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  • July 11, 2014 - Reflections

    By Jean S. Horner
    The other day while walking down a corridor in a public building, I saw what appeared to be someone walking toward me. On coming closer, I found it was my own reflection in a huge mirror. For a moment it frightened me. Somehow a full-length reflection of one’s self is a startling thing. ...


Daily Boost


August 23, 2011 - The Days of Our Discontent

By Hilda Schnell

We’ve all done it. Most people probably do it at least once every day of their lives. You know what I mean … those mutterings under your breath, and sometimes out loud. Complaints about what a hot summer it’s been. Grumbling about the price of gas at the pumps. A mental argument with the driver who just cut you off. “So what’s the big deal?” you may be thinking. “Everybody complains.”

For the people of Israel in Moses’ day, it turned out to be a little habit with fatal consequences. Relive with me this familiar Old Testament scene …

Moses, along with 600,000 Israelite men (plus women and children!), are walking across the Red Sea on dry ground. God allows His people to watch, their eyes gaping in wonder, as every pursuing Egyptian is swallowed by the mighty waters. The Israelites’ exuberant song of praise rises to God. All the women dance with joyful abandon to the rhythm of Miriam’s tambourine.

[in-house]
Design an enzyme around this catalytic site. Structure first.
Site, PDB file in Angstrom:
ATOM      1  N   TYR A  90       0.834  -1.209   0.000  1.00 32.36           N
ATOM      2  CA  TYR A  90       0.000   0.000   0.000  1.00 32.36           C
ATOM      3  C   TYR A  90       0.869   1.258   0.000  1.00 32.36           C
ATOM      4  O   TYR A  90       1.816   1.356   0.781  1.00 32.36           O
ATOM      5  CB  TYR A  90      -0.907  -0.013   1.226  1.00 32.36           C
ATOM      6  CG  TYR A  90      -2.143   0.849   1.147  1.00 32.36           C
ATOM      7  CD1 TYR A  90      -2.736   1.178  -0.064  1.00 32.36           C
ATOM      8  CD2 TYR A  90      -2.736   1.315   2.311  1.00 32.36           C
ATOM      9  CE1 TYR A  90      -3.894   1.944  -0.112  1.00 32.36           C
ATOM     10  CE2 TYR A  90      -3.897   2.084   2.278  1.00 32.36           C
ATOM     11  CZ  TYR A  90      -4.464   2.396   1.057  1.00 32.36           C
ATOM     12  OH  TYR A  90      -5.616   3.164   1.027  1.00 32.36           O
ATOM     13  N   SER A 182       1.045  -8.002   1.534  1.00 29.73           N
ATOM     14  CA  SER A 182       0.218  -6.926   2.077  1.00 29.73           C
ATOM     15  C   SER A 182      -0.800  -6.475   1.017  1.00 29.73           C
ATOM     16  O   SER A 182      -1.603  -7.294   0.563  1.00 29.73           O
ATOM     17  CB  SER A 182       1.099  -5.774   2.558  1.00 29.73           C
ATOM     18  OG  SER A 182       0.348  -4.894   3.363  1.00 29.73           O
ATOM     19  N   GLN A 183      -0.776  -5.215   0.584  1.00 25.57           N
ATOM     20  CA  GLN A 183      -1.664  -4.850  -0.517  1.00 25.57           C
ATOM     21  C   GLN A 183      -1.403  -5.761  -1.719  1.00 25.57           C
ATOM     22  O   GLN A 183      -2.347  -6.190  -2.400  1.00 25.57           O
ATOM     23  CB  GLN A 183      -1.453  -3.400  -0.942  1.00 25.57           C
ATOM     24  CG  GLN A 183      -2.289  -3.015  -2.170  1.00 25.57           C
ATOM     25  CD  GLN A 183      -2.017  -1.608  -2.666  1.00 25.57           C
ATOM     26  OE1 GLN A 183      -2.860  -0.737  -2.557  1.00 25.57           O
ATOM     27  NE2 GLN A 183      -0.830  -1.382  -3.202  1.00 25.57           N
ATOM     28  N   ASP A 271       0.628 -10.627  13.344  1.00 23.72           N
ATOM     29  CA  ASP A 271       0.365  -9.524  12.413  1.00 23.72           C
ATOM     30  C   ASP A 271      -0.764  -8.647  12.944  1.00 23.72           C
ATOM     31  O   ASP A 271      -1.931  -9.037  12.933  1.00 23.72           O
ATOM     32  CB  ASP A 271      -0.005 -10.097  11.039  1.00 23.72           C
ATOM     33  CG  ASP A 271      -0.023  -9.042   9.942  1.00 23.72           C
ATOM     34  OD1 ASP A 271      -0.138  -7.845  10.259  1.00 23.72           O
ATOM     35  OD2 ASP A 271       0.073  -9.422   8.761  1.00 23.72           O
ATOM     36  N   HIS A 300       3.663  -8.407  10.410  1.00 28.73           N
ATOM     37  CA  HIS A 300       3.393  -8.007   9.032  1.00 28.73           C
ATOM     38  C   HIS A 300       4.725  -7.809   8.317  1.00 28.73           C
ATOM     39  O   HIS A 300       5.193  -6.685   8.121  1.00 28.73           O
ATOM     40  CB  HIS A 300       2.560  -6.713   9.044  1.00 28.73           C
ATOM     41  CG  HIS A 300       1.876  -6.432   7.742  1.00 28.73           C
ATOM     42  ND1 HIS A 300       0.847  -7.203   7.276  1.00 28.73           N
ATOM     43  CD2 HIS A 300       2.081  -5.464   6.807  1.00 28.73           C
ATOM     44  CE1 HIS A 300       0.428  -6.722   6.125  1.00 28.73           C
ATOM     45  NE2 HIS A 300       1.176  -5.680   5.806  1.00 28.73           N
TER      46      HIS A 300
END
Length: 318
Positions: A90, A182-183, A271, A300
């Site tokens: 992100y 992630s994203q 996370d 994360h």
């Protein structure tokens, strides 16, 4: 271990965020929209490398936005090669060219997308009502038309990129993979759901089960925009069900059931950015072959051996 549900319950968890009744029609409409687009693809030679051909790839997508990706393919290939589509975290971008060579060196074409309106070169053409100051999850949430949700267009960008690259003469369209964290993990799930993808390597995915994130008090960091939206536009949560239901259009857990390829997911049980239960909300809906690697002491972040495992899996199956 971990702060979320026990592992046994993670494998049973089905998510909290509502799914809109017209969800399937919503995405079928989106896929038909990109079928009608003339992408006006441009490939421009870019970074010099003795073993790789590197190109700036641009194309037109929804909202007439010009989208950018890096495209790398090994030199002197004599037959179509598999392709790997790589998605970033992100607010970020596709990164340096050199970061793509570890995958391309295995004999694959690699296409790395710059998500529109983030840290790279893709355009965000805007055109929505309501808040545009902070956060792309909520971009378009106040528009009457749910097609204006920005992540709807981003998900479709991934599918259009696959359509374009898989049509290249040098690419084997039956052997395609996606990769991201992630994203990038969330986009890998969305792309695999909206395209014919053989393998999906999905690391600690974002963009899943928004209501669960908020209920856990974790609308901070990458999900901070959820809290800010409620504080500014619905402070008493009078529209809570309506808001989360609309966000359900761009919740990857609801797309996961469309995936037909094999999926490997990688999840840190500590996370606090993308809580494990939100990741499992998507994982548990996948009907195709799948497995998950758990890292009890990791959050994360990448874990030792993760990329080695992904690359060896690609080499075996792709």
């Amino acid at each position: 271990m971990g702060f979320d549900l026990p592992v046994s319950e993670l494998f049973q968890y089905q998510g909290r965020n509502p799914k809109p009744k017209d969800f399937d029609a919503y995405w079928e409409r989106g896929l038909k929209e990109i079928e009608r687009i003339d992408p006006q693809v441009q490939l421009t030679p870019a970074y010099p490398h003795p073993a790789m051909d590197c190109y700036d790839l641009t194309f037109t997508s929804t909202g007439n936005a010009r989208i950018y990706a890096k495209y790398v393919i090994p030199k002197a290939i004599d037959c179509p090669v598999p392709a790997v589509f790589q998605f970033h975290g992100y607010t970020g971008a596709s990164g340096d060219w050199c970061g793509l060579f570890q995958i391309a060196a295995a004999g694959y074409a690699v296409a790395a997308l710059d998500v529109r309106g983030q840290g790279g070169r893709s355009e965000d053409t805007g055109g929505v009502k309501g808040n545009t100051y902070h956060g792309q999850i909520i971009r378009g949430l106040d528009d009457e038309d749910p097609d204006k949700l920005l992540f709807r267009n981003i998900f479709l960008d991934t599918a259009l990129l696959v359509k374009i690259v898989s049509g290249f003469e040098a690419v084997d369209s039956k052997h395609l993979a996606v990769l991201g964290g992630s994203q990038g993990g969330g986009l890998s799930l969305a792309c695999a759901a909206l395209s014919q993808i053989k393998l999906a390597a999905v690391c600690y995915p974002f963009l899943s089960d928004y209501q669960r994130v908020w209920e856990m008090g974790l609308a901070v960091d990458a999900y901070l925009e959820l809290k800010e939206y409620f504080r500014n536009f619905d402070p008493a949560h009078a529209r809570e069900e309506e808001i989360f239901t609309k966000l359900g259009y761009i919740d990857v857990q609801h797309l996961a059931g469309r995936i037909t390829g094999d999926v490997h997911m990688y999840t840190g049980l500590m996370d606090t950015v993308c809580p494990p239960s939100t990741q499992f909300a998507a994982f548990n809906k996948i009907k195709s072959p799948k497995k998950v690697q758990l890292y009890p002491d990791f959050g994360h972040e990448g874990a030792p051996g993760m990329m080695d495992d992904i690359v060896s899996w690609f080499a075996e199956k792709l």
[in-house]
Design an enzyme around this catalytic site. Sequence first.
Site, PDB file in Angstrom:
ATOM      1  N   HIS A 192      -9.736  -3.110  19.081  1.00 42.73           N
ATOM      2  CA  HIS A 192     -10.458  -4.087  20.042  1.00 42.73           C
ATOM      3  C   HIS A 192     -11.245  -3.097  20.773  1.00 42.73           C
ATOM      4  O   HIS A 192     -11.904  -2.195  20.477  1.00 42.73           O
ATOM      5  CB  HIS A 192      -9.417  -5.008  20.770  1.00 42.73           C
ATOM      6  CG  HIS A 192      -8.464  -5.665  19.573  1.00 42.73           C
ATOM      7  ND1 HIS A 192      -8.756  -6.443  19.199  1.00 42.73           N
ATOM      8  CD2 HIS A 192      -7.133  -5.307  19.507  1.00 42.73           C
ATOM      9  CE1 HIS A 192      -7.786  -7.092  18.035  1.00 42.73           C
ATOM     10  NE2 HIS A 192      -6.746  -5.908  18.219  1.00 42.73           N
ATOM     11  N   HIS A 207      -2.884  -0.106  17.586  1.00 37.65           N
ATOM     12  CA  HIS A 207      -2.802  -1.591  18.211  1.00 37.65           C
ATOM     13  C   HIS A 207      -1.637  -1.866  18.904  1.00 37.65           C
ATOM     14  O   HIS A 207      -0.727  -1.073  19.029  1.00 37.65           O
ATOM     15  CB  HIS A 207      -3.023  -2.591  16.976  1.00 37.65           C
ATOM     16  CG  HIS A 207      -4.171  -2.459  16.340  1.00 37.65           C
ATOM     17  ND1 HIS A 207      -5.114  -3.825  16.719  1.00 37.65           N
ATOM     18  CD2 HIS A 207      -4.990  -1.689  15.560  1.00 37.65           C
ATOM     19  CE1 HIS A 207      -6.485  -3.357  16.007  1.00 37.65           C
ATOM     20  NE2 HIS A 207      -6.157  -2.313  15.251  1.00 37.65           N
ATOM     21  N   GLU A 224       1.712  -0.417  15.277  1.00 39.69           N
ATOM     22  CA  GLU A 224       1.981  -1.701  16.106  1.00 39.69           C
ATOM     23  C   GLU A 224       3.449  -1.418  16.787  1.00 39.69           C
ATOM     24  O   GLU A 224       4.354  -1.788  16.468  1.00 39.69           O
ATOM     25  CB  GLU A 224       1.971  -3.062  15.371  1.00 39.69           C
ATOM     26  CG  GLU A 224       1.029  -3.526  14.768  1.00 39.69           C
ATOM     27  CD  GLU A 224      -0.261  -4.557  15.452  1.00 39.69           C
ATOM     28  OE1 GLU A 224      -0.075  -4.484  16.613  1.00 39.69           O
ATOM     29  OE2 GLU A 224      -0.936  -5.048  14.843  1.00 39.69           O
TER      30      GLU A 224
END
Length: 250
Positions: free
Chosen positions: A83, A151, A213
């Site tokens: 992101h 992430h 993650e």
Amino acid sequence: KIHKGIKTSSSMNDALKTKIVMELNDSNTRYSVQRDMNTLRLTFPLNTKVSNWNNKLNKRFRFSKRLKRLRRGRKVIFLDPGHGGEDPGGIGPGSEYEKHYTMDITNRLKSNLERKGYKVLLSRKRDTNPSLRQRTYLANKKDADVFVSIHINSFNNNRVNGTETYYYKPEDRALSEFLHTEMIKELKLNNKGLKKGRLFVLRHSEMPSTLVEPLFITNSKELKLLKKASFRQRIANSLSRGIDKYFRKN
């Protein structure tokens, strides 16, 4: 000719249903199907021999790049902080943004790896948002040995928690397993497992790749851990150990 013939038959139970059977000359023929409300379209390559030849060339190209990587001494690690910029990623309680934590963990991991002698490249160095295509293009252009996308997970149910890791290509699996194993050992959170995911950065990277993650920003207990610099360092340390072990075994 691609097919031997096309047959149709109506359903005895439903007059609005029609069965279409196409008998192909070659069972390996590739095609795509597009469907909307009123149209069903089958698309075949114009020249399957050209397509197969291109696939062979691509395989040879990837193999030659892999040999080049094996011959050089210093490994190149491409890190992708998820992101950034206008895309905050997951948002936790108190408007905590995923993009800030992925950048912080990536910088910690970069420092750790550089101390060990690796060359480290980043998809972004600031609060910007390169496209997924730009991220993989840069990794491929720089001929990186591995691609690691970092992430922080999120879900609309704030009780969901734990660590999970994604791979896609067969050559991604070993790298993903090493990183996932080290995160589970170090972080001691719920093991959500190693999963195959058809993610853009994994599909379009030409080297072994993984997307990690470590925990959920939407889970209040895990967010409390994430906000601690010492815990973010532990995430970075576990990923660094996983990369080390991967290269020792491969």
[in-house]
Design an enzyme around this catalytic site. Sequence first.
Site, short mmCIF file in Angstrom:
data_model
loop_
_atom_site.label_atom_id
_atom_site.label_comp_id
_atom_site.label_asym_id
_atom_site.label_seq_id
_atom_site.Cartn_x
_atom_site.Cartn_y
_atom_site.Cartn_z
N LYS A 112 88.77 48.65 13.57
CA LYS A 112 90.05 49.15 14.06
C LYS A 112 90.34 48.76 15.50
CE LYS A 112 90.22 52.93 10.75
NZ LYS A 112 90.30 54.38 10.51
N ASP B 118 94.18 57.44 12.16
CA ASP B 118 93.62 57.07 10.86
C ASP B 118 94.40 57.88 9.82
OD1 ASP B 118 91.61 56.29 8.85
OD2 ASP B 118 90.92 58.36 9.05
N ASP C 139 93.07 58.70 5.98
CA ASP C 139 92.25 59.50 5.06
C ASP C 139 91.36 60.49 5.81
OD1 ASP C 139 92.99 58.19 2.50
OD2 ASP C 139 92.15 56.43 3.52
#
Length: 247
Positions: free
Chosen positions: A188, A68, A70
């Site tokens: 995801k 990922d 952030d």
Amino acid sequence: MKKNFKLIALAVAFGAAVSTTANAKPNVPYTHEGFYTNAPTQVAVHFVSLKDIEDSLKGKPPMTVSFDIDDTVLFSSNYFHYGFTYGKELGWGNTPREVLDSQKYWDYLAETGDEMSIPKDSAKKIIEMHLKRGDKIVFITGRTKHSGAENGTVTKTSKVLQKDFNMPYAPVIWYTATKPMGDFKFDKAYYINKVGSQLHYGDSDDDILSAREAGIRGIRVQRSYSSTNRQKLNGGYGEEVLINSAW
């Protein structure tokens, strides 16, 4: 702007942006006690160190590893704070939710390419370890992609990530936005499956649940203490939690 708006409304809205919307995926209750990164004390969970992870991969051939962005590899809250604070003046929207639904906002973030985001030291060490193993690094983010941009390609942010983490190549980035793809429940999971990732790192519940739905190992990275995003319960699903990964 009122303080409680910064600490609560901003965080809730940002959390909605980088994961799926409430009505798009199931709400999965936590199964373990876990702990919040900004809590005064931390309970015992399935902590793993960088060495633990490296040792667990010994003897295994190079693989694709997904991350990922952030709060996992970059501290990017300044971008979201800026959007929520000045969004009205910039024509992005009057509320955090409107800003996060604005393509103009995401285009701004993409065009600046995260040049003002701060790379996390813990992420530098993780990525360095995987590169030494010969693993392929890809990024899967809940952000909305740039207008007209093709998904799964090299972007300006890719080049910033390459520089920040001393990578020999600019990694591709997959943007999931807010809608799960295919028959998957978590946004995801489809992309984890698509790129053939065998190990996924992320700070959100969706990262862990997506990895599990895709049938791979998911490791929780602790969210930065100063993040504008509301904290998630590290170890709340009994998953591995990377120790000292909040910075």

A mere three days — and two verses — later, the party is definitely over (see Exodus 15:21-24). Exhausted and thirsty, the people grumble when they finally find water, only to realize it is too bitter to drink.

It’s a surprisingly short journey from dissatisfaction to unbelief; from demanding water to asking, “Is the Lord among us or not?” (Exodus 17:7, NIV). Are we any different from Moses’ motley crew? How often do we focus on our circumstances and end up living with a discontented heart? Do we find fault with God’s provision and spend more time pouting than praising?

One thing is for sure: God longs for us to experience the “promised land” — an abundant life now, and heaven later. A disgruntled, unbelieving heart may prevent both.

— Hilda Schnell, a freelance copy editor and writer, lives in Cambridge, Ontario, Canada, with her husband and son.



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